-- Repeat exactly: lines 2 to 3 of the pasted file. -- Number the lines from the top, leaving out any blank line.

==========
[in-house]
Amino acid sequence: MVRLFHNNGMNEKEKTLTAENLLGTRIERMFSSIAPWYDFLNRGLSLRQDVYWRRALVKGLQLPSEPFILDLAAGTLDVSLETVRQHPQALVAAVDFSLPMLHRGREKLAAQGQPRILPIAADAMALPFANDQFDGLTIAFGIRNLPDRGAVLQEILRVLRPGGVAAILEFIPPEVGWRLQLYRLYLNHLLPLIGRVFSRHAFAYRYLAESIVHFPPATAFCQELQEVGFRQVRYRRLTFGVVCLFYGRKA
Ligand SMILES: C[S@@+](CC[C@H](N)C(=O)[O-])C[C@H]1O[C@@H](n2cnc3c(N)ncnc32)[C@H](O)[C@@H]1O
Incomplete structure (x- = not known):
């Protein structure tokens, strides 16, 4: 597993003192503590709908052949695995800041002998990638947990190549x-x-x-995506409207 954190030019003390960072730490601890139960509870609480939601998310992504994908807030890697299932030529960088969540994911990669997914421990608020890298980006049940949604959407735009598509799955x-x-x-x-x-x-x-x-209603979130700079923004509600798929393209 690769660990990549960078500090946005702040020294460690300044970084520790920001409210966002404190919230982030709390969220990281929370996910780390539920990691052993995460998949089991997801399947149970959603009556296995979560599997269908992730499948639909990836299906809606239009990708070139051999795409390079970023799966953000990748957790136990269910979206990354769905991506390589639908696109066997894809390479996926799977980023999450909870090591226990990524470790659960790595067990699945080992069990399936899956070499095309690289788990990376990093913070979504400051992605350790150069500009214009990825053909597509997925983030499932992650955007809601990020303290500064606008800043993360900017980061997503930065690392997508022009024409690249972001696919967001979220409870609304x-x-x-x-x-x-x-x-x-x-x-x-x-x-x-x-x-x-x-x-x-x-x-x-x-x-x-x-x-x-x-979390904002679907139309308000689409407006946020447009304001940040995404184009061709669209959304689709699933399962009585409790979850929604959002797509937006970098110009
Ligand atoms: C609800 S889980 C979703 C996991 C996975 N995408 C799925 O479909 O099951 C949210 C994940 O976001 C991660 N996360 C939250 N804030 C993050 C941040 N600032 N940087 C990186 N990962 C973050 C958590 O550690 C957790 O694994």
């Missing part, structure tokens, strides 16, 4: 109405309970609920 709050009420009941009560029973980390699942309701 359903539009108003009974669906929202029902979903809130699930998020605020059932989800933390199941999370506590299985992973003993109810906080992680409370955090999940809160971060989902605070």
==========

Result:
Amino acid sequence: MVRLFHNNGMNEKEKTLTAENLLGTRIERMFSSIAPWYDFLNRGLSLRQDVYWRRALVKGLQLPSEPFILDLAAGTLDVSLETVRQHPQALVAAVDFSLPMLHRGREKLAAQGQPRILPIAADAMALPFANDQFDGLTIAFGIRNLPDRGAVLQEILRVLRPGGVAAILEFIPPEVGWRLQLYRLYLNHLLPLIGRVFSRHAFAYRYLAESIVHFPPATAFCQELQEVGFRQVRYRRLTFGVVCLFYGRKA
Ligand SMILES: C[S@@+](CC[C@H](N)C(=O)[O-])C[C@H]1O[C@@H](n2cnc3c(N)ncnc32)[C@H](O)[C@@H]1O